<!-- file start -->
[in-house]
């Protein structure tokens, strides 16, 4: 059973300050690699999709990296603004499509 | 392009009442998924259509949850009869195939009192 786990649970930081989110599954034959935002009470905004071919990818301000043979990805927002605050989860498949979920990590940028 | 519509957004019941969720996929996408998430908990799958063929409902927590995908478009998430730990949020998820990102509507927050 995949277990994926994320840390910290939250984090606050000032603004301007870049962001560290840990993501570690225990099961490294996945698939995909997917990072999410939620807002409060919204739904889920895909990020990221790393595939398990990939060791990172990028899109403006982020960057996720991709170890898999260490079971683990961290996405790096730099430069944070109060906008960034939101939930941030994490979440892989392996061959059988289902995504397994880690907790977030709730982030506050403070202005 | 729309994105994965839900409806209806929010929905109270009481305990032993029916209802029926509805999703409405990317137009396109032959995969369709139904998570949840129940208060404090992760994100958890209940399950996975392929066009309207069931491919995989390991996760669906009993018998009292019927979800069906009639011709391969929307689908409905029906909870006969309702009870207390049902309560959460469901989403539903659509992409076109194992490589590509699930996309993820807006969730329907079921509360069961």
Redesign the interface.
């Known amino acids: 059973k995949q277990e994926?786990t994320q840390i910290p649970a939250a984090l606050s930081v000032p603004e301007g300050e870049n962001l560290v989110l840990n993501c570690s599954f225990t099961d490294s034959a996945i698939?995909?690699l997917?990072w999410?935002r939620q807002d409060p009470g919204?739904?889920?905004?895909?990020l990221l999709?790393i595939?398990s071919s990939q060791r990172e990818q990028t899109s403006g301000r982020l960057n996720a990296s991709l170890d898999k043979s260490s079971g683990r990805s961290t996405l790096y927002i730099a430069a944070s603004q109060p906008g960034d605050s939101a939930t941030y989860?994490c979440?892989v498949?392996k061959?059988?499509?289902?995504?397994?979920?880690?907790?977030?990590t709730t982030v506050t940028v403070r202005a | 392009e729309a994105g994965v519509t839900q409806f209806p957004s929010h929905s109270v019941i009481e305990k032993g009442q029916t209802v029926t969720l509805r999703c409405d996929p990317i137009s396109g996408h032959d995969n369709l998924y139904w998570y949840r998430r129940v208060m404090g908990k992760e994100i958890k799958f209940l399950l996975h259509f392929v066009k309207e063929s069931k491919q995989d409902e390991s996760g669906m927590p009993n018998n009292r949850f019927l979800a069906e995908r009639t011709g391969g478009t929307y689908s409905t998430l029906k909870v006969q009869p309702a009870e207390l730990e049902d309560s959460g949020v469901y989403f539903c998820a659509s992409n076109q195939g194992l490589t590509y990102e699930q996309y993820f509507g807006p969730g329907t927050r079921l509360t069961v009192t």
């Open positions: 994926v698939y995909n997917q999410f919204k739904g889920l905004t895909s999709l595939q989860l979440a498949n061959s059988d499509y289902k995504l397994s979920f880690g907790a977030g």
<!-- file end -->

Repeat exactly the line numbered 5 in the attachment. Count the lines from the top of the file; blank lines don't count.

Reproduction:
């Open positions: 994926v698939y995909n997917q999410f919204k739904g889920l905004t895909s999709l595939q989860l979440a498949n061959s059988d499509y289902k995504l397994s979920f880690g907790a977030g």